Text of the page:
Only in a few states do voters pick among candidates for boards of public universities. Rarer still is a campaign finance dispute that leads to the impeachment and removal from office of such a board member. But that's what happened on Friday, when the Nebraska Supreme Court found C. David Hergert guilty of charges on which the Nebraska Legislature had impeached him.
Nebraska's unicameral legislature in April approved 10 articles of impeachment against Hergert, based on his successful 2004 campaign to become a regent. The crux of the impeachment charges -- and the conviction by the Supreme Court -- centers on reporting requirements. Under Nebraska's system of public financing of election campaigns, candidates must file reports when they reach certain spending thresholds -- and reaching those milestones triggers payments from state funds to the candidates' opponents. Hergert failed to file required reports and his failure to do so prevented his opponent from receiving campaign funds.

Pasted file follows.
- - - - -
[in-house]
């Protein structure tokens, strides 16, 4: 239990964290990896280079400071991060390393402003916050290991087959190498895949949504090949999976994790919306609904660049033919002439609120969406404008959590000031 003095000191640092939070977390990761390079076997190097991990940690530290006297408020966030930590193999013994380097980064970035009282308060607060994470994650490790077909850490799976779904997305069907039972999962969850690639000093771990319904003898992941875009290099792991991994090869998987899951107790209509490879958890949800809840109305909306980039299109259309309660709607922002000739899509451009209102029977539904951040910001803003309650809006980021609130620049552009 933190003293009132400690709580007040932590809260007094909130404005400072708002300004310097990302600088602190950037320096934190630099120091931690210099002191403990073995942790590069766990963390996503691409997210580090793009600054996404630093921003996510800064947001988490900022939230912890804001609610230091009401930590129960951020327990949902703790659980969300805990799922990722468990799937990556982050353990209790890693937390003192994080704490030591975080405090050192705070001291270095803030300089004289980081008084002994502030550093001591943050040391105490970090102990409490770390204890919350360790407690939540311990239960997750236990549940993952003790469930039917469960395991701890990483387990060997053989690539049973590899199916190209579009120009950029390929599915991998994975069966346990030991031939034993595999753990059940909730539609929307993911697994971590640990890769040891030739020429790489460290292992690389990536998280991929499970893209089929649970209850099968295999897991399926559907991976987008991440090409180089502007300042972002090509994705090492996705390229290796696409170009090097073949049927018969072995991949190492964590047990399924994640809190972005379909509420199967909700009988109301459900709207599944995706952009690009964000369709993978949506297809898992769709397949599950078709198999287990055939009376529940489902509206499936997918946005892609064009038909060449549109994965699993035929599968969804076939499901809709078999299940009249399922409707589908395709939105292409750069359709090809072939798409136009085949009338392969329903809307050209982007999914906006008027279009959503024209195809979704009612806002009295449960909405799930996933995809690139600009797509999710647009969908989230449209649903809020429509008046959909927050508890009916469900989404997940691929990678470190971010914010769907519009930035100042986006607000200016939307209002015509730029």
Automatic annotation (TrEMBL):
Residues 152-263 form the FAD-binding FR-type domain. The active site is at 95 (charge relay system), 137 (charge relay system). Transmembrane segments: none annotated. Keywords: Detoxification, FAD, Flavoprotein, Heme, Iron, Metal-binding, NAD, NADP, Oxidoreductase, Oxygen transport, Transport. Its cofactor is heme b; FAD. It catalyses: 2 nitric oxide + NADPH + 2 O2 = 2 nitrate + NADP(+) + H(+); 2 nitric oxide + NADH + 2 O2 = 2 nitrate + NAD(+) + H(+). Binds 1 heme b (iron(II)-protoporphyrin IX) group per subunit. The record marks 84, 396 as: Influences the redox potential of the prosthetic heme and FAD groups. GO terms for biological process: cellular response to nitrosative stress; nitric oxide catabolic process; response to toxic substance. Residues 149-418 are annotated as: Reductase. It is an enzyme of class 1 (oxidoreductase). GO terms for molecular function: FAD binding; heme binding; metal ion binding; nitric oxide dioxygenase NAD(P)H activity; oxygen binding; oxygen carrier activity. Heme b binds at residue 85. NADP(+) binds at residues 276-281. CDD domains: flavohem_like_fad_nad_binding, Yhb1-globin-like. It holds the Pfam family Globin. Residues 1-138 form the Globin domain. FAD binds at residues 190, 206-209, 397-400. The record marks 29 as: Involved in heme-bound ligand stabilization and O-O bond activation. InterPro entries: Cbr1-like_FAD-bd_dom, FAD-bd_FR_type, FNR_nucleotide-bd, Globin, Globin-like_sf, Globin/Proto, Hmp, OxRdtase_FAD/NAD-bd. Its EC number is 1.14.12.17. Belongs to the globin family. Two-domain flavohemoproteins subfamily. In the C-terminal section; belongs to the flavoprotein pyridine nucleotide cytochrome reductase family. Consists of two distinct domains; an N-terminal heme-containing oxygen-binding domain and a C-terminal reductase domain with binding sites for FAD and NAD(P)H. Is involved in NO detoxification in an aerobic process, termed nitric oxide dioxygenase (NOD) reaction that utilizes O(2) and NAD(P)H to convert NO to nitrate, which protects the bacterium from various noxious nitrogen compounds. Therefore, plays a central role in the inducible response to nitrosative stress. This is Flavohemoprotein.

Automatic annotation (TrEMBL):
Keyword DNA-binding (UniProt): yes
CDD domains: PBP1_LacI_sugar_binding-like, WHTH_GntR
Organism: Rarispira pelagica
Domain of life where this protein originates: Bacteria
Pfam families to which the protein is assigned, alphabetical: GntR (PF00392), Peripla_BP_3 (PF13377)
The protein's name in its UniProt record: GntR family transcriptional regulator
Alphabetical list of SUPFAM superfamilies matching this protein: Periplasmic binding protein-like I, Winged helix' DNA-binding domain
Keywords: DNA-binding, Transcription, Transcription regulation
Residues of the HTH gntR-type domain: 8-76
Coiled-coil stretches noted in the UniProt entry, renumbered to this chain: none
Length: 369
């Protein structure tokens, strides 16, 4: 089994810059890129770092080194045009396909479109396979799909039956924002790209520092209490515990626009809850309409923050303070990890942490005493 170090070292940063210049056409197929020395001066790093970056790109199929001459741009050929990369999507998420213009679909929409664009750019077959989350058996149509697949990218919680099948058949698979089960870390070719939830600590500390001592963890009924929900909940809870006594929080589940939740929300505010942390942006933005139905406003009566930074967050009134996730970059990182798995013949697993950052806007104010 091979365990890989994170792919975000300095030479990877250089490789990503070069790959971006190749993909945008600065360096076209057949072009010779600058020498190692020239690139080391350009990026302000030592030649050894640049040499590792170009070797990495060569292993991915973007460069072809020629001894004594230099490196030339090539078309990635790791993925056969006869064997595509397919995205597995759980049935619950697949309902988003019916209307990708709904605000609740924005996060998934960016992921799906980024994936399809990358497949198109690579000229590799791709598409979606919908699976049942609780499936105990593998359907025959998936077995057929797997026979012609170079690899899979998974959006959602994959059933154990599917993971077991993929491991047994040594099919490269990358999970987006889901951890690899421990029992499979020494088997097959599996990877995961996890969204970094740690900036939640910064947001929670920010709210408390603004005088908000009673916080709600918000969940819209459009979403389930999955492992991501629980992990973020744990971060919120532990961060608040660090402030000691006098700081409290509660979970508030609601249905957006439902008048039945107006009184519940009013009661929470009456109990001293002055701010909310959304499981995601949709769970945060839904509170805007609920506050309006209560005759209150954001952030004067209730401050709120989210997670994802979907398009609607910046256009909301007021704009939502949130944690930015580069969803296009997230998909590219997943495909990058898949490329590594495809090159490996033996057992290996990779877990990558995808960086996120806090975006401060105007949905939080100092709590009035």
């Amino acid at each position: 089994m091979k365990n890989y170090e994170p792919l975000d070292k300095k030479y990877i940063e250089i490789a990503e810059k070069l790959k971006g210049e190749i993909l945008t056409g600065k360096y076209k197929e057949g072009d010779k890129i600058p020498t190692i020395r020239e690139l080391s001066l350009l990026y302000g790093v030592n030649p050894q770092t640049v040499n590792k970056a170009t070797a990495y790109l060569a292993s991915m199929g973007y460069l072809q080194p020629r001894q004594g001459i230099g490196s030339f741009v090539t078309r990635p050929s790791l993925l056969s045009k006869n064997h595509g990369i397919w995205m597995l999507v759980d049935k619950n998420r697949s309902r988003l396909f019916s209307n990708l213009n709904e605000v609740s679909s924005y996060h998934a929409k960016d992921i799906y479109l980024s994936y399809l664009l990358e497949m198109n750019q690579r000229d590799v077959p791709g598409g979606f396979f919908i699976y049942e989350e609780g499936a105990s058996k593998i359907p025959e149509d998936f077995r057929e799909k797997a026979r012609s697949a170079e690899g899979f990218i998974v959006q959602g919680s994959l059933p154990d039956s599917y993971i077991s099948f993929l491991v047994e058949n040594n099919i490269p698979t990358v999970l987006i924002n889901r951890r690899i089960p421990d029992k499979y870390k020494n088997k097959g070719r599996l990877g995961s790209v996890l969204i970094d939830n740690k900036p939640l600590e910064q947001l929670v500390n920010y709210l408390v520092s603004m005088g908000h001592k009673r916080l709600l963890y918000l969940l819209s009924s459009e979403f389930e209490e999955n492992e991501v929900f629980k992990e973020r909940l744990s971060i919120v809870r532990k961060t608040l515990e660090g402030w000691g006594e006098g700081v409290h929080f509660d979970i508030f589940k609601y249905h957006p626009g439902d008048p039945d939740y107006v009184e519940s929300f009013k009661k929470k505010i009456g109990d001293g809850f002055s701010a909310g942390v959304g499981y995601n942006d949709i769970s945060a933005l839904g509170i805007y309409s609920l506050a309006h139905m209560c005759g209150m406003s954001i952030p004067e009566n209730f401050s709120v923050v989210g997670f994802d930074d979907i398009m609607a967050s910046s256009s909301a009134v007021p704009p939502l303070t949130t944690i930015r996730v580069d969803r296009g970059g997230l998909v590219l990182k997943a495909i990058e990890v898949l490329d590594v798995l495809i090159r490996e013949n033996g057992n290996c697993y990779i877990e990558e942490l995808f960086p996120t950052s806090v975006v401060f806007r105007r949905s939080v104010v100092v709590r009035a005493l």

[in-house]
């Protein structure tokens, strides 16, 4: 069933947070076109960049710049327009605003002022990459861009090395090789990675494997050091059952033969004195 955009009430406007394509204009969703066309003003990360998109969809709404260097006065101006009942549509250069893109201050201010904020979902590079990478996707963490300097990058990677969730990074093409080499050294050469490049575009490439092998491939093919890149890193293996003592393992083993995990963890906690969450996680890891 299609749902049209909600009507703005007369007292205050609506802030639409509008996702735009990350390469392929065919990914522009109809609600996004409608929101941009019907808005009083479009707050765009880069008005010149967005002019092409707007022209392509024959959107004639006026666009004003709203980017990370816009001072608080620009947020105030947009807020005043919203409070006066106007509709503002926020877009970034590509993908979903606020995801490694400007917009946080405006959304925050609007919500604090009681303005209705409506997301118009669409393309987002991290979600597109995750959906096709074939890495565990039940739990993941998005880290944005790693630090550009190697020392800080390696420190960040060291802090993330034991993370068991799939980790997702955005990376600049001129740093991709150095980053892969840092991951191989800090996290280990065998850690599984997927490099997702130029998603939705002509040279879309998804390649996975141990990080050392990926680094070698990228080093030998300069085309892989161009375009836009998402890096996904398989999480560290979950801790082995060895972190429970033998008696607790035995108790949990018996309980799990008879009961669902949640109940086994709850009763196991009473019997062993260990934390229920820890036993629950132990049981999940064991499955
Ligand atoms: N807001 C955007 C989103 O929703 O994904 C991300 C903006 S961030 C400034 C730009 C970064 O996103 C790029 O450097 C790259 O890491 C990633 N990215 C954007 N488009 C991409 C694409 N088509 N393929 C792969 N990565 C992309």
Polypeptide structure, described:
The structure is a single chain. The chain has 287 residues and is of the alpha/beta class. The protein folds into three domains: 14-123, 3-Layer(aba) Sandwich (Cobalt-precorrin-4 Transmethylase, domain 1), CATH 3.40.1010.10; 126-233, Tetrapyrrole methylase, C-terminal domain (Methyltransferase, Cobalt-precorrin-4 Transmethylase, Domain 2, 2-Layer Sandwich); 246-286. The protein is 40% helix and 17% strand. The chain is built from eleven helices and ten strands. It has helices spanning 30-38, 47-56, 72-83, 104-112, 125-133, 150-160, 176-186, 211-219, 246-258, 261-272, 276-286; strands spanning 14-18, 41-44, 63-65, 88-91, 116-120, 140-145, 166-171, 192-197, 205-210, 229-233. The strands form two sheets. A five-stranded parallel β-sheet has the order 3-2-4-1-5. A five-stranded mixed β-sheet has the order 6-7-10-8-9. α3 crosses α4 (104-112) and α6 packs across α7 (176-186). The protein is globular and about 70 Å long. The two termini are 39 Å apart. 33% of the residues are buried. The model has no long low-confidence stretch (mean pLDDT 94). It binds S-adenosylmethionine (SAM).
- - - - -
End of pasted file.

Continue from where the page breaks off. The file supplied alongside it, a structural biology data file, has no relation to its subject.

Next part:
Hergert's defense was complicated because he had already admitted to state officials that he violated certain reporting requirements. He made a variety of defenses to the Supreme Court, including arguments based on the fact that most of the violations took place before he was a regent. But the Supreme Court rejected those arguments, finding that some reports he filed were an attempt to cover up the missed deadlines for earlier reports.
"In the primary and general elections, Hergert intentionally manipulated and violated Nebraska's campaign finance laws in a scheme to prevent his opponents from receiving public campaign funds," the court concluded. "During the campaign and, significantly, after he took office, Hergert intentionally filed false reports of campaign spending in an attempt to cover up his conduct. Hergert's various explanations for his actions contradict one another and are not believable when the clear and convincing evidence before this court is considered."
Hergert did not respond to messages this weekend and has not responded to interview requests from Nebraska reporters. But Nancy Hergert, his wife, told The Lincoln Journal Star that he had done nothing wrong and was proud of his work as a regent.
James E. McClurg, chairman of the Board of Regents, issued a statement after the Supreme Court's decision was announced, saying that the dispute "has been a distraction and a disruption" for the board. "It has tarnished the reputation of the board and the university, and we will work diligently to restore the public's confidence and trust," he said.
Gov. Dave Heineman will now appoint a new regent. He said he would announce plans for doing so today.